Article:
Water Bath Canning and Pressure Canning: Explained

Master water bath canning and pressure canning and there'll be nothing you can't can.

| July 14, 2011

  • Pressure Pot
    Don't let a little steam and boiling water scare you. Pressure canning and water bath canning are safe methods to preserve your food. Learn how with this excerpt from the USDA Complete Guide to Home Canning.
    Photo By Fotolia/James Steidl
  • Food Acidity Chart
    This acidity chart tells you which foods are high in acid and which are low. High-acid foods can be canned with a water bath canner and/or a pressure canner, while low-acid foods must be canned with a pressure canner.
    Illustration From United States Department of Agriculture
  • Water Bath Canner
    Water bath (also called boiling water) canners are good for quickly and safely canning high-acid foods such as peaches, strawberries and just about any other fruit. As noted in the illustration, make sure to leave extra airspace at the top to maintain a brisk boil.
    Illustration From United States Department of Agriculture
  • Pressure Canner How-To
    Pressure canning, like any other task, is perfectly manageable when broken up into steps. Follow the steps above to safely can any low- or high-acid foods.
    Chart From United States Department of Agriculture
  • Example A Process Times
    Processing times for food depends on the style of packing (hot or raw/cold), the type of canner (water bath or pressure) and the food itself. Above, process times for peaches canned with a boiling-water (water bath) canner are given. Note the increase in process times as the altitude changes.
    Chart From United States Department of Agriculture
  • Example C Process Times
    A weighted-gauge pressure canner allows pressure to build up to a desired level before releasing steam to prevent the pressure from rising any higher. Above, the USDA lists the process time and desired pressure for canning peaches.
    Chart From United States Department of Agriculture
  • Example B Process Times
    The USDA has process times for all types of canners. Here, the process time for peaches in a dial-gauge pressure canner is listed. Compare this time with the time for peaches processed in a boiling-water canner.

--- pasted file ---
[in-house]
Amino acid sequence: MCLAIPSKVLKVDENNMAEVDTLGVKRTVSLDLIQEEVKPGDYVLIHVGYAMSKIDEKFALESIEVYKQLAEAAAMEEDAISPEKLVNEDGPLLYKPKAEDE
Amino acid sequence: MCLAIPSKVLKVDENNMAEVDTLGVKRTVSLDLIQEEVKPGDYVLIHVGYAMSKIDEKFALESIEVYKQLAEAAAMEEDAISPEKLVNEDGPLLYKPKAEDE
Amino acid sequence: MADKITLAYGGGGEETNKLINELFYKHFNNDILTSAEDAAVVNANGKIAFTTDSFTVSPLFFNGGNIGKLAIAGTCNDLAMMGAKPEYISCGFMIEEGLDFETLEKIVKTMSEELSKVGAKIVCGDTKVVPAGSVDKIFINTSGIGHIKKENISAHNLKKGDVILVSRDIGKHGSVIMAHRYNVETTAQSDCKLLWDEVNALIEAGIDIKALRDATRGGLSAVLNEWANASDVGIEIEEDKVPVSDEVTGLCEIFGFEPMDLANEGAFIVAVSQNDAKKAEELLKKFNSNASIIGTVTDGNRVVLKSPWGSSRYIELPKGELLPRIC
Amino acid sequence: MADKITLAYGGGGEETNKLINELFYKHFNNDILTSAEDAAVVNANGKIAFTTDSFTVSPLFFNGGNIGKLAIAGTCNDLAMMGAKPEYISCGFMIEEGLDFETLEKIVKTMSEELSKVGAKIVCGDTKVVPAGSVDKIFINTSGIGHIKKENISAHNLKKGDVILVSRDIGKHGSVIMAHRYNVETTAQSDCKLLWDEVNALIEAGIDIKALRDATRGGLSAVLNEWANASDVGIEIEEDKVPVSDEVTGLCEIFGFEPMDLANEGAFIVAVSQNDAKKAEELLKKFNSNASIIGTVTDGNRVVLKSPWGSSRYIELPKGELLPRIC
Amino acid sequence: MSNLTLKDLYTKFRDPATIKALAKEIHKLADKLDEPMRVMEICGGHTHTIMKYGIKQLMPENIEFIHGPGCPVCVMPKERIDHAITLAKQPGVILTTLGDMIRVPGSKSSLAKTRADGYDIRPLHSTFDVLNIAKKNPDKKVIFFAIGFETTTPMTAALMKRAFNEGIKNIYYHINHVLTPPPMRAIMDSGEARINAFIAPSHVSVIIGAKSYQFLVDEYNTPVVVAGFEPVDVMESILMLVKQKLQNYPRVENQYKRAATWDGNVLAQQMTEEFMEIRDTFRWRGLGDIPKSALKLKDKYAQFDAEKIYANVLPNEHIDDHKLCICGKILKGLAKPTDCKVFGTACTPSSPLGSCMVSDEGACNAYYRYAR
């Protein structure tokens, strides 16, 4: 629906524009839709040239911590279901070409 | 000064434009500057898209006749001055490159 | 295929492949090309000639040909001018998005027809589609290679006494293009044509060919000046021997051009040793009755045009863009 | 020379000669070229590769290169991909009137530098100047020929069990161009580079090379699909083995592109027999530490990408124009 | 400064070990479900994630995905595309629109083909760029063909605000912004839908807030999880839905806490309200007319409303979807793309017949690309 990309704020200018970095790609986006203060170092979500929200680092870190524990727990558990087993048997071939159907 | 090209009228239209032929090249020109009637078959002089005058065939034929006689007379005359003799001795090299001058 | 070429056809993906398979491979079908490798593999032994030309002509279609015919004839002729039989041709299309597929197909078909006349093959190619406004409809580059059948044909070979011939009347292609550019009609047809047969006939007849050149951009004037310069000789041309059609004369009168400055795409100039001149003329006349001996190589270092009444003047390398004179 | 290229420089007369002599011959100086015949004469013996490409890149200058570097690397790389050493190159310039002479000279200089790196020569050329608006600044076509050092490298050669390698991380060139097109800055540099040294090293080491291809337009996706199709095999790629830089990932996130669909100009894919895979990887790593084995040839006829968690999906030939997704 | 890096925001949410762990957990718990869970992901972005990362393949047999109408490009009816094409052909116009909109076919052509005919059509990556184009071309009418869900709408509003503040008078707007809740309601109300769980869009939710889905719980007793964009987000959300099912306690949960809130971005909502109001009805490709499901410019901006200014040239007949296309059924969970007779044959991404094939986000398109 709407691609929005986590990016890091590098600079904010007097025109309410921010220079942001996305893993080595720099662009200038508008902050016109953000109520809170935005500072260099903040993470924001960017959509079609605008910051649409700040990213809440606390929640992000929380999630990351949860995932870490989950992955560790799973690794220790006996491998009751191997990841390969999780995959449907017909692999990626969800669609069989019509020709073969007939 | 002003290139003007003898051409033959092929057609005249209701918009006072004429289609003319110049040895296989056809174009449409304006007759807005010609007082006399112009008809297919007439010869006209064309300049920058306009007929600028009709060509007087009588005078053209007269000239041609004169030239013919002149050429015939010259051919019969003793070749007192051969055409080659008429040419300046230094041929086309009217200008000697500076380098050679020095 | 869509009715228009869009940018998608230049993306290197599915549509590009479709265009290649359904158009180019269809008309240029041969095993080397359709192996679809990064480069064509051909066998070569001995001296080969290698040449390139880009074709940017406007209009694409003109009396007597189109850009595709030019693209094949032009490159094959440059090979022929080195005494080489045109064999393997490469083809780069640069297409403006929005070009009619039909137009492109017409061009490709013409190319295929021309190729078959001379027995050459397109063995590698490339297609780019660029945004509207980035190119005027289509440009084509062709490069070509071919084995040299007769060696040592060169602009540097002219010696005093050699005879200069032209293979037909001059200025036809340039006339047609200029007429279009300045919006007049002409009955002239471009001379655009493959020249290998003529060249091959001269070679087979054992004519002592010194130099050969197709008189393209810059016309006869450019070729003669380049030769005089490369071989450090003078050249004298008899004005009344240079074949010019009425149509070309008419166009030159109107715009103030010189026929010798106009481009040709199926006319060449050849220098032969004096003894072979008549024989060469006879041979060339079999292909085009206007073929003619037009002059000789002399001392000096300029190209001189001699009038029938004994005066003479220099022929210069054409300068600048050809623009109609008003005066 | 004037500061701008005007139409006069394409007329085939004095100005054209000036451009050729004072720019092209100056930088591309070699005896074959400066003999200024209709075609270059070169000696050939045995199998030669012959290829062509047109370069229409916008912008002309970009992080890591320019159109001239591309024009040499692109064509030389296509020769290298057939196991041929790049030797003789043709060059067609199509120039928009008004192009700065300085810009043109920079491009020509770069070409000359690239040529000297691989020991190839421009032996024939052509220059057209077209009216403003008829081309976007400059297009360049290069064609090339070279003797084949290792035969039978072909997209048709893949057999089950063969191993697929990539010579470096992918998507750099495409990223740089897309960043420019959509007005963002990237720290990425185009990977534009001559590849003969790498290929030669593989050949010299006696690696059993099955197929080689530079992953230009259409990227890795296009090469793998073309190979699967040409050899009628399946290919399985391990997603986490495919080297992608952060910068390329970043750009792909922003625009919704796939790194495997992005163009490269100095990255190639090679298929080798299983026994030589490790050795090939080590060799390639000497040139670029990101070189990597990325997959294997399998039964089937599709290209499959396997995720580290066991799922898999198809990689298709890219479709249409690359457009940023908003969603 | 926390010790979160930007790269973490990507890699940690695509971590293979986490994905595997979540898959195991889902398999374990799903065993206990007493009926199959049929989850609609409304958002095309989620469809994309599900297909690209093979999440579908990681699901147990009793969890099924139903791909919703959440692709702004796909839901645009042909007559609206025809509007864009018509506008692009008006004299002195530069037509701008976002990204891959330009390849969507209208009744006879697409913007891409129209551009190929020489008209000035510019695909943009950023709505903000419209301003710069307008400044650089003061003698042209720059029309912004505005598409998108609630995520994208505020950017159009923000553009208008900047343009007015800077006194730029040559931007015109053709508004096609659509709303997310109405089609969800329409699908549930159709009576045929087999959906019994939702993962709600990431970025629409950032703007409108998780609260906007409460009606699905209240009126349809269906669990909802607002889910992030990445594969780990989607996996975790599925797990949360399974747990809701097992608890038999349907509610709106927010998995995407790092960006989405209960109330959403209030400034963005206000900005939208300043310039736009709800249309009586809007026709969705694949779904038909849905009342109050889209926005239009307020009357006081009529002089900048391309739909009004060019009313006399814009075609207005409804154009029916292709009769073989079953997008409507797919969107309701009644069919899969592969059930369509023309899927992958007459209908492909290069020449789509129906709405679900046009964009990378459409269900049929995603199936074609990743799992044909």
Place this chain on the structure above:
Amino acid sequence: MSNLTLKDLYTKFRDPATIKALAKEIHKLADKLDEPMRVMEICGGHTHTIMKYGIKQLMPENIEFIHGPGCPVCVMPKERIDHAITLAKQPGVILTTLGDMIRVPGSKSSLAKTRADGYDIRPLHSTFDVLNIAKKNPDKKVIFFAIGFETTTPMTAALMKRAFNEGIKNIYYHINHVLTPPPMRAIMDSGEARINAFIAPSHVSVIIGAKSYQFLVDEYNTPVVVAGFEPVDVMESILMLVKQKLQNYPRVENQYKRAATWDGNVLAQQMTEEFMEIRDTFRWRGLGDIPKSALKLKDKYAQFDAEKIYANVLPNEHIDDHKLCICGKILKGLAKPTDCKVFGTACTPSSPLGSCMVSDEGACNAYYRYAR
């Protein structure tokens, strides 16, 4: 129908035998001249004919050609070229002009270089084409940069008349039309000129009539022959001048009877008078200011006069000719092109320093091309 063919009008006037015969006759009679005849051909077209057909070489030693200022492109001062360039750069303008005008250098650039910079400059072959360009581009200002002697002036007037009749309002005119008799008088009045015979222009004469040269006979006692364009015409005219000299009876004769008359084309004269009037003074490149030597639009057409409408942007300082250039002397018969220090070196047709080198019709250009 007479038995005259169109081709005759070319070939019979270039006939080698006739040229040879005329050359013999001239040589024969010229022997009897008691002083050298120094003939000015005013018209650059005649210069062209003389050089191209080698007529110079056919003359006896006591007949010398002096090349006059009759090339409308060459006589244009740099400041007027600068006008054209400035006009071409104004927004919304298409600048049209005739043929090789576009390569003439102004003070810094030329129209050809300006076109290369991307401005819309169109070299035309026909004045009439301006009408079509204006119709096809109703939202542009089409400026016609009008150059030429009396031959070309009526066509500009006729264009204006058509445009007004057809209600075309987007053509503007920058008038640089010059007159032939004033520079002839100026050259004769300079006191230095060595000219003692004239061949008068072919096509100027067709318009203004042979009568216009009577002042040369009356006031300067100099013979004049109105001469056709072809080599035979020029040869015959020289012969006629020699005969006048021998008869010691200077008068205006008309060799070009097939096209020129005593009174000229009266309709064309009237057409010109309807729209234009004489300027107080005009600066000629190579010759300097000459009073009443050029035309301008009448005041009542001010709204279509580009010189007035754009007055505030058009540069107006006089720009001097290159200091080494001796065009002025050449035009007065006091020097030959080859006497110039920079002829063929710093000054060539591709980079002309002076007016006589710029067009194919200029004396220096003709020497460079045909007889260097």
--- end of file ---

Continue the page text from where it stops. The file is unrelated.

Chart From United States Department of Agriculture

  • Pressure Pot
  • Food Acidity Chart
  • Water Bath Canner
  • Pressure Canner How-To
  • Example A Process Times
  • Example C Process Times
  • Example B Process Times

If you’re new to canning, deciding between water bath (boiling-water) canning and pressure canning can be a difficult task. Water bath canning seems easier, and works for fruits and pickles, but can’t be used for low-acid foods such as red meat and some vegetables. Pressure canning, on the other hand, can be intimidating to novices, particularly if you’ve heard the old tales of exploding canners. With this helpful excerpt from the United States Department of Agriculture's Complete Guide to Home Canning, you'll learn the difference between pressure canning and water bath canning to decide which is best for you. Use this and our other canning resources to stock up after your harvest.

The following is an excerpt from the USDA Complete Guide to Home Canning covering how to can carrots.

Food Acidity and Processing Methods 

Whether food should be processed in a pressure canner or boiling-water canner to control botulinum bacteria depends on the acidity of the food. Acidity may be natural, as in most fruits, or added, as in pickled food. Low-acid canned foods are not acidic enough to prevent the growth of these bacteria. Acid foods contain enough acid to block their growth, or destroy them more rapidly when heated. The term “pH” is a measure of acidity; the lower its value, the more acid the food. The acidity level in foods can be increased by adding lemon juice, citric acid, or vinegar.

Low-acid foods have pH values higher than 4.6. They include red meats, seafood, poultry, milk, and all fresh vegetables except for most tomatoes. Most mixtures of low-acid and acid foods also have pH values above 4.6 unless their recipes include enough lemon juice, citric acid, or vinegar to make them acid foods. Acid foods have a pH of 4.6 or lower. They include fruits, pickles, sauerkraut, jams, jellies, marmalades, and fruit butters.

Although tomatoes usually are considered an acid food, some are now known to have pH values slightly above 4.6. Figs also have pH values slightly above 4.6. Therefore, if they are to be canned as acid foods, these products must be acidified to a pH of 4.6 or lower with lemon juice or citric acid. Properly acidified tomatoes and figs are acid foods and can be safely processed in a boiling-water canner.